INFORMED CITIZENS FOR MEDIA ACCOUNTAIBLITY

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CC475, March 15, 2012
Micaeli Rourke

Published in: News & Politics, Business
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  • INFORMED CITIZENS FOR MEDIA ACCOUNTAIBLITY

    1. 1. Informed Citizens for Media Accountability
    2. 2. Informed Citizens for Media Accountability A PUBLIC INTEREST GROUP ADVOCATING PUBLIC SCRUTINY, AWARENESS OF MEDIA PROCESSES, AND THE IMPROVEMENT OF ACCURACY, FAIRNESS IN CORPORATE-OWNED NEWS OUTLETS.
    3. 3. Informed Citizens for Media Accountability A PUBLIC INTEREST GROUP ADVOCATING PUBLIC SCRUTINY, AWARENESS OF MEDIA PROCESSES, AND THE IMPROVEMENT OF ACCURACY, FAIRNESS IN CORPORATE-OWNED NEWS OUTLETS.1. LOBBYING FOR CREATION OF STATE-WIDEPRESS-COUNCILS
    4. 4. Informed Citizens for Media Accountability A PUBLIC INTEREST GROUP ADVOCATING PUBLIC SCRUTINY, AWARENESS OF MEDIA PROCESSES, AND THE IMPROVEMENT OF ACCURACY, FAIRNESS IN CORPORATE-OWNED NEWS OUTLETS.1. LOBBYING FOR CREATION OF STATE-WIDEPRESS-COUNCILS2. PUBLIC AWARENESS CAMPAIGN TEACHING YOUNGAMERICANS MEDIA AWARENESS AND SCRUTINY
    5. 5. Citizens for MediaAccountability
    6. 6. Citizens for MediaAccountabilityAUDIENCE: Avid news consumers, young,politically-motivated Americans, voters, mild tomoderate news interest.
    7. 7. Citizens for MediaAccountabilityAUDIENCE: Avid news consumers, young,politically-motivated Americans, voters, mild tomoderate news interest.THRESHOLD AUDIENCE: Middle-aged parents,sparse news consumers, issue-based voters,occasional voters.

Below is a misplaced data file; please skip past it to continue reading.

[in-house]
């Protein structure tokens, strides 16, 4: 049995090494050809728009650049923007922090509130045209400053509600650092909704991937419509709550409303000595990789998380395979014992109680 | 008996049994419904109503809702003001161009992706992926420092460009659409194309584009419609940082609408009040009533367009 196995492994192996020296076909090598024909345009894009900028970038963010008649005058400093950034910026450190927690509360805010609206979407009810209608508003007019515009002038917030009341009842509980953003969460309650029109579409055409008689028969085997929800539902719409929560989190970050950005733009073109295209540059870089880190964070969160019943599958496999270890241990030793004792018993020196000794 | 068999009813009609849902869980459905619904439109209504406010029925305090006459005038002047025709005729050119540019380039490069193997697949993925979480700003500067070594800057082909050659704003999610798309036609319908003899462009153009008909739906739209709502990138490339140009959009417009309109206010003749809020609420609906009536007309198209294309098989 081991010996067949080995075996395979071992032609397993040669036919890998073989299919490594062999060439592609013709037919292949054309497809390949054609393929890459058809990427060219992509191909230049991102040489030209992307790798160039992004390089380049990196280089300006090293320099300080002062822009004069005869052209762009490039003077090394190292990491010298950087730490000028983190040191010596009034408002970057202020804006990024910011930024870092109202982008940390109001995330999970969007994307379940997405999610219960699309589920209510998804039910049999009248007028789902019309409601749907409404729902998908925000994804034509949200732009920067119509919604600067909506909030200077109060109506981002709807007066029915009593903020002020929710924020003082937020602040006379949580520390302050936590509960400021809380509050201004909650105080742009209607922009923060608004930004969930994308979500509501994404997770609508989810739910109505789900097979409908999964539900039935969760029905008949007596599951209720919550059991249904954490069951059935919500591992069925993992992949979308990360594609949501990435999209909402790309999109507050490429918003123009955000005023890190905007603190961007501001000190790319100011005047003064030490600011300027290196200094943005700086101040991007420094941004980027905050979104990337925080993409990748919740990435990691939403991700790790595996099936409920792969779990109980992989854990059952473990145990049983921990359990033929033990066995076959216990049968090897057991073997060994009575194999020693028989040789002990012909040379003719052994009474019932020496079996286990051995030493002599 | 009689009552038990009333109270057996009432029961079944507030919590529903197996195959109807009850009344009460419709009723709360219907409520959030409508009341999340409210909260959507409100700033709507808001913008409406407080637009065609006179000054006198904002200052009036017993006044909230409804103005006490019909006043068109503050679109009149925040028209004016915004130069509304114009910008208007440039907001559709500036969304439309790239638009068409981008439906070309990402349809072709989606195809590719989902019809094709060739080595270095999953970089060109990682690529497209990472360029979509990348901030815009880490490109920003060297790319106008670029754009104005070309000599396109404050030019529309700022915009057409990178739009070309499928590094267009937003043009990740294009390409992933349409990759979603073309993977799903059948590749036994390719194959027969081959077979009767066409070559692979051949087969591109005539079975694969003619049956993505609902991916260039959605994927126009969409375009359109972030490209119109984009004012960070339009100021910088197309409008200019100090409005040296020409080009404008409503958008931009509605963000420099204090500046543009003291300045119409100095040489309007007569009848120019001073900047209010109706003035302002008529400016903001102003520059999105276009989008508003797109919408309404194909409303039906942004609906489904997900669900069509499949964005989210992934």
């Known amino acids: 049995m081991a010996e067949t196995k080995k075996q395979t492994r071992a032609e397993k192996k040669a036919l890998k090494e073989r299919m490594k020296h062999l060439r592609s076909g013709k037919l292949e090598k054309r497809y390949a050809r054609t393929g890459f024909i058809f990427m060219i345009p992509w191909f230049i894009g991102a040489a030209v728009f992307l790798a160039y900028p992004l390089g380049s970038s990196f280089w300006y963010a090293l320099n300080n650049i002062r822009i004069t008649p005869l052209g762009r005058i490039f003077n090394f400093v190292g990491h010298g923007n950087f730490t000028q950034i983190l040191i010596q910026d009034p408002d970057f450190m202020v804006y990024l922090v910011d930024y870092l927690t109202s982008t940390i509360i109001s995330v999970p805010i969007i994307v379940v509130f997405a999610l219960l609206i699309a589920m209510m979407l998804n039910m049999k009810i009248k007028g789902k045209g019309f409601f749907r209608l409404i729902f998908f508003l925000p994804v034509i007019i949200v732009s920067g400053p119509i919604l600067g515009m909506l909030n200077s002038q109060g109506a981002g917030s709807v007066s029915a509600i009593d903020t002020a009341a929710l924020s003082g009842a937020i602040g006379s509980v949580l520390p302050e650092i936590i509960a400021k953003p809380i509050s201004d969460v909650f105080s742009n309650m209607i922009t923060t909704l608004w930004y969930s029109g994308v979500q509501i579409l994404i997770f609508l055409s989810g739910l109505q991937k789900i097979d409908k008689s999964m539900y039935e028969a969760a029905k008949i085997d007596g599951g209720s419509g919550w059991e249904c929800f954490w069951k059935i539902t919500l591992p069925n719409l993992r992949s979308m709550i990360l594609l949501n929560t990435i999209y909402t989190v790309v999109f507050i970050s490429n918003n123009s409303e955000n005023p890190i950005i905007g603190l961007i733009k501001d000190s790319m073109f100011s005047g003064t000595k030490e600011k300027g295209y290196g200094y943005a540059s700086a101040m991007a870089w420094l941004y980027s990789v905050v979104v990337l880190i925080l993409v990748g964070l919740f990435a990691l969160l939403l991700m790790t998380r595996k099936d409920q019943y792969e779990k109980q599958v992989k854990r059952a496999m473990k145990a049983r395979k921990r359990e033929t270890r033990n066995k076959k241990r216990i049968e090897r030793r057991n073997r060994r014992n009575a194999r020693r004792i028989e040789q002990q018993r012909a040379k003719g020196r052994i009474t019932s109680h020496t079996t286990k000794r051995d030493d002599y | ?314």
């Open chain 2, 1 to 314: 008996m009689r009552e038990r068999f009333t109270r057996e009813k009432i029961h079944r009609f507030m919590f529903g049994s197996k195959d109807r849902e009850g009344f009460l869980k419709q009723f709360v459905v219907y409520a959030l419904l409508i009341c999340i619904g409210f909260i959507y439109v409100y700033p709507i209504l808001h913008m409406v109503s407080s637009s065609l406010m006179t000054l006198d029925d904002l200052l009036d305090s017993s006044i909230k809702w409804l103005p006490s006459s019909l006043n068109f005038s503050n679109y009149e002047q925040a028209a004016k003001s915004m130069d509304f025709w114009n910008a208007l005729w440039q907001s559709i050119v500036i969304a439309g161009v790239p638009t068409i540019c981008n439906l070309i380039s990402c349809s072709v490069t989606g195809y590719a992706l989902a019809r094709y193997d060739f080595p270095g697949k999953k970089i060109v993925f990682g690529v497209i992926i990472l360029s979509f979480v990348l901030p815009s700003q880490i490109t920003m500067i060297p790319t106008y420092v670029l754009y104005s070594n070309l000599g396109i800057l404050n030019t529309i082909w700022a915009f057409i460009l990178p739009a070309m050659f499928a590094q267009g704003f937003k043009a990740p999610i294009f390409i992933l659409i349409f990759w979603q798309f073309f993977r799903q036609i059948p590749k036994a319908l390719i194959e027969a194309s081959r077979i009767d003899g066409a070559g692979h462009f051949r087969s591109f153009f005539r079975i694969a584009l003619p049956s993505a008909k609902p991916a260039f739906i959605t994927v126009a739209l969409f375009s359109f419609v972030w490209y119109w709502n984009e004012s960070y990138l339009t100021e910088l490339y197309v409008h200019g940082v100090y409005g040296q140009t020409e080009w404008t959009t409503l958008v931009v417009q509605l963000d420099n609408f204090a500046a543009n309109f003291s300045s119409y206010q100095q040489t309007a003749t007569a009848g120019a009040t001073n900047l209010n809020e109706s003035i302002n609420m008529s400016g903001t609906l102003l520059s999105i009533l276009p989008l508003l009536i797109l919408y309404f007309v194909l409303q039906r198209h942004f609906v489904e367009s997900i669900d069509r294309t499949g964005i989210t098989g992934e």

8. 8. Citizens for MediaAccountabilityAUDIENCE: Avid news consumers, young,politically-motivated Americans, voters, mild tomoderate news interest.THRESHOLD AUDIENCE: Middle-aged parents,sparse news consumers, issue-based voters,occasional voters.Recognition would be through public affairscampaign, support would be through press-council lobbying, campaigning.
    9. 9. Bertrand, Claude Jean. Media EthicsAccountability Systems. New Brunswick,NJ: Transaction, 2000. Print.
    10. 10. Bertrand, Claude Jean. Media Ethics Accountability Systems. New Brunswick, NJ: Transaction, 2000. Print. This source explains the fundamentals of media accountability, provides an analysis of current journalisticethical standards, and gives case-studies of existing press- councils and their results.
    11. 11. Ugland, Erik. “The Legitimacy and Moral Authorityof the National News Council (USA).”Journalism 9.3 (2008):285-308. SAGE, 21 April 2008.Web. 14 Feb. 2012. <jou.sagepub.com>
    12. 12. Ugland, Erik. “The Legitimacy and Moral Authority of the National News Council (USA).” Journalism 9.3 (2008):285-308. SAGE, 21 April 2008. Web. 14 Feb. 2012. <jou.sagepub.com> This scholarly article had an in-depth case-study of therevolutionary, but short-lived National News Council (1973-84.) Provides evidence to prove it did more harm than good in improving the state of the news, but but explains a number of things that could be done to reinstitute it as a beneficial institution.
    13. 13. “Press Accuracy Rating Hits Two Decade Low.”Pew Research Center. 13 Sept. 2009. Web. 12 Feb.2012. <http://people-press.org>.
    14. 14. “Press Accuracy Rating Hits Two Decade Low.”Pew Research Center. 13 Sept. 2009. Web. 12 Feb.2012. <http://people-press.org>.
    15. 15. “Press Accuracy Rating Hits Two Decade Low.” Pew Research Center. 13 Sept. 2009. Web. 12 Feb. 2012. <http://people-press.org>.This quantitative report provides immediate reflections of public sentiment regarding the press, specificallyevaluates accuracy, bias, openness, and professionalism.

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